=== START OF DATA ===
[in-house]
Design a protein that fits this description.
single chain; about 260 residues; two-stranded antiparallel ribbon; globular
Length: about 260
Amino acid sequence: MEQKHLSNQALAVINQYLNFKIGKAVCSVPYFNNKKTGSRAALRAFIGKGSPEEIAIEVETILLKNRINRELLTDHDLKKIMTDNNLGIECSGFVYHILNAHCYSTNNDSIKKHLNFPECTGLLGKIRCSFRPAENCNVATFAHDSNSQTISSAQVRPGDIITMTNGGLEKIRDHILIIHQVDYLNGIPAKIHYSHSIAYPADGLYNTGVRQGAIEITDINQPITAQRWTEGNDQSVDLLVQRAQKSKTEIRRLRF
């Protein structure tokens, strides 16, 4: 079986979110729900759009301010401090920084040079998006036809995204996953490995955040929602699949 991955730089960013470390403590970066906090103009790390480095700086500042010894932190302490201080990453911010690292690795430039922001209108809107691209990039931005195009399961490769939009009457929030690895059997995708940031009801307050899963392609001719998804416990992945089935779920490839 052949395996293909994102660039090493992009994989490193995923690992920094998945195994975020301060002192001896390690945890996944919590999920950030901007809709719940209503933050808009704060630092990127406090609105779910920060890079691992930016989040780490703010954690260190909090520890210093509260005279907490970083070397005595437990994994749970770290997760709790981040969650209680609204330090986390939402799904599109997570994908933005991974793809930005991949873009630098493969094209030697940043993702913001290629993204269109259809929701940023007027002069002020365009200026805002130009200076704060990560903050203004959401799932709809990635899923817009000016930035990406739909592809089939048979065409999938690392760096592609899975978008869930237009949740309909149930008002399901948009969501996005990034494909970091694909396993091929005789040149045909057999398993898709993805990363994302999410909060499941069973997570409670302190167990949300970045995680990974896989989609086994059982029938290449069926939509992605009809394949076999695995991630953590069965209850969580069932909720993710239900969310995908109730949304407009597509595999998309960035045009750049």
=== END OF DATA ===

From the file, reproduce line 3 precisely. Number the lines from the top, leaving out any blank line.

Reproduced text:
single chain; about 260 residues; two-stranded antiparallel ribbon; globular